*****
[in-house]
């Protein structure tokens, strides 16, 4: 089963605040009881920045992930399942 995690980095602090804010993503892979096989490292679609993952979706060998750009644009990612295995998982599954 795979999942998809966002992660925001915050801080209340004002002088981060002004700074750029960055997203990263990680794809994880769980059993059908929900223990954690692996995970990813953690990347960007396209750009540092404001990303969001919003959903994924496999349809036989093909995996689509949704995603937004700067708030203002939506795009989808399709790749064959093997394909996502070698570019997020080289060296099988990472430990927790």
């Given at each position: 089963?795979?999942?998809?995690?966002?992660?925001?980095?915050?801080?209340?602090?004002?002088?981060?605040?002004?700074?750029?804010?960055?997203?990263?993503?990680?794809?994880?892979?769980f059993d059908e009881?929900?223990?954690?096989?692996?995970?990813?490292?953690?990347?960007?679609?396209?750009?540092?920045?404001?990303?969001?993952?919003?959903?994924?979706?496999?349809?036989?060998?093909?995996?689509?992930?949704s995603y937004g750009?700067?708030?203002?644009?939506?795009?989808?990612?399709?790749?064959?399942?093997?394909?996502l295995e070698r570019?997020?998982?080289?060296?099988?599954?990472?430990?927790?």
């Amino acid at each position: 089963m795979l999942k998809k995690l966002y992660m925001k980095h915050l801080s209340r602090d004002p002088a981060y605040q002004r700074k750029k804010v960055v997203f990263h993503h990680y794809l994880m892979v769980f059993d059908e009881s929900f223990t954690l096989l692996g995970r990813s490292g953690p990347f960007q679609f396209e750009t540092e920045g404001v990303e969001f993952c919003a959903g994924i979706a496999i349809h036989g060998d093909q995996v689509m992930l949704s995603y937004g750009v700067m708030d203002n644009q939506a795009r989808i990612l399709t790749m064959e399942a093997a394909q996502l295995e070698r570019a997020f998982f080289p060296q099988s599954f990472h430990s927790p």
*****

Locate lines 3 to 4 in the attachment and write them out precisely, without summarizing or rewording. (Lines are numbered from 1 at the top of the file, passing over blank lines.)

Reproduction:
């Given at each position: 089963?795979?999942?998809?995690?966002?992660?925001?980095?915050?801080?209340?602090?004002?002088?981060?605040?002004?700074?750029?804010?960055?997203?990263?993503?990680?794809?994880?892979?769980f059993d059908e009881?929900?223990?954690?096989?692996?995970?990813?490292?953690?990347?960007?679609?396209?750009?540092?920045?404001?990303?969001?993952?919003?959903?994924?979706?496999?349809?036989?060998?093909?995996?689509?992930?949704s995603y937004g750009?700067?708030?203002?644009?939506?795009?989808?990612?399709?790749?064959?399942?093997?394909?996502l295995e070698r570019?997020?998982?080289?060296?099988?599954?990472?430990?927790?």
């Amino acid at each position: 089963m795979l999942k998809k995690l966002y992660m925001k980095h915050l801080s209340r602090d004002p002088a981060y605040q002004r700074k750029k804010v960055v997203f990263h993503h990680y794809l994880m892979v769980f059993d059908e009881s929900f223990t954690l096989l692996g995970r990813s490292g953690p990347f960007q679609f396209e750009t540092e920045g404001v990303e969001f993952c919003a959903g994924i979706a496999i349809h036989g060998d093909q995996v689509m992930l949704s995603y937004g750009v700067m708030d203002n644009q939506a795009r989808i990612l399709t790749m064959e399942a093997a394909q996502l295995e070698r570019a997020f998982f080289p060296q099988s599954f990472h430990s927790p």